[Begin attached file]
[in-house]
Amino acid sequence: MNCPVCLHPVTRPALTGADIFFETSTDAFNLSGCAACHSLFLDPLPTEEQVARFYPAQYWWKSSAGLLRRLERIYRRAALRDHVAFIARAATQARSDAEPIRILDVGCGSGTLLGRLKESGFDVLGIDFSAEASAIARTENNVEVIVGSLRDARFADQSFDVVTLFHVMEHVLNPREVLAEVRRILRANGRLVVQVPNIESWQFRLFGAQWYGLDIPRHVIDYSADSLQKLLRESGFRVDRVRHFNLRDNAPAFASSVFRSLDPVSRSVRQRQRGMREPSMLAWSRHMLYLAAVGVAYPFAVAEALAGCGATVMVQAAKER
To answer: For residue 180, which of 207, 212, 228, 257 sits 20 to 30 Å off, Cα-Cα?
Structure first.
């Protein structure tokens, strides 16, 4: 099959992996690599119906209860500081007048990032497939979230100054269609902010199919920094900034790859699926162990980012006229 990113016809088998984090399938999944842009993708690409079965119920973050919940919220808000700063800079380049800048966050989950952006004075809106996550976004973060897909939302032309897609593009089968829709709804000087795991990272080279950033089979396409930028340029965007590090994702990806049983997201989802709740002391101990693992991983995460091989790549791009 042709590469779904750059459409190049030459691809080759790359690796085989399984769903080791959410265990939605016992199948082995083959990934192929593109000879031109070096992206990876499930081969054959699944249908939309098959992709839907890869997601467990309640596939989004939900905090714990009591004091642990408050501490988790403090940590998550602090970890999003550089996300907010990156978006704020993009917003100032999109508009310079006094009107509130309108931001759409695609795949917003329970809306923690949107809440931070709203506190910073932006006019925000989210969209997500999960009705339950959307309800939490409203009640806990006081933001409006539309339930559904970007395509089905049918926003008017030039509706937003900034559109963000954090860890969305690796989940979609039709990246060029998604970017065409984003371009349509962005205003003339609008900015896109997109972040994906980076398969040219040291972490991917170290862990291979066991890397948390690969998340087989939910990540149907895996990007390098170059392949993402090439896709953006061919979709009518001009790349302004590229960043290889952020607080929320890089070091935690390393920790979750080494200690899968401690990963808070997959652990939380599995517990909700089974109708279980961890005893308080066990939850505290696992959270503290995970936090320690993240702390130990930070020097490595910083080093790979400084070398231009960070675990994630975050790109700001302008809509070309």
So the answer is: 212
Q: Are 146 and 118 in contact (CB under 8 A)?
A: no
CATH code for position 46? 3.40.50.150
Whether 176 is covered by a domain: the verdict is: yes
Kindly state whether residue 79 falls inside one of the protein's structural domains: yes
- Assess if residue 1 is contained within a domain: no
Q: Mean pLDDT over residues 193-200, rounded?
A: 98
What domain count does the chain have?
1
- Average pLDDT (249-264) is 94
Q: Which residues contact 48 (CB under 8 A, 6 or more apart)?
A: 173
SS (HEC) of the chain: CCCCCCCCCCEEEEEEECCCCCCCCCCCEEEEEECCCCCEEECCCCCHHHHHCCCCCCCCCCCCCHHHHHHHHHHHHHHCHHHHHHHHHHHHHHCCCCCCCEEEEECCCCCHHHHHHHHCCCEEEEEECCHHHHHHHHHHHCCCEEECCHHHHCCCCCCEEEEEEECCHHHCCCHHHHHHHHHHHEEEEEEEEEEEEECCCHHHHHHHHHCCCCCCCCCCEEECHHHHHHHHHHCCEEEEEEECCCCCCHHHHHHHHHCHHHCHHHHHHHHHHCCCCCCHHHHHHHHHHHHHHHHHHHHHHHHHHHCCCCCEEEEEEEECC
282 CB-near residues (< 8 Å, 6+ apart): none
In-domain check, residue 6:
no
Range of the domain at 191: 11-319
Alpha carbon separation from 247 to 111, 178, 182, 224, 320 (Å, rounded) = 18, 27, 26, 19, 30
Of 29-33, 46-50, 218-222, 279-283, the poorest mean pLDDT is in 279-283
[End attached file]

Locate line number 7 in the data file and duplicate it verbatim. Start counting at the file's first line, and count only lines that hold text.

Q: Are 146 and 118 in contact (CB under 8 A)?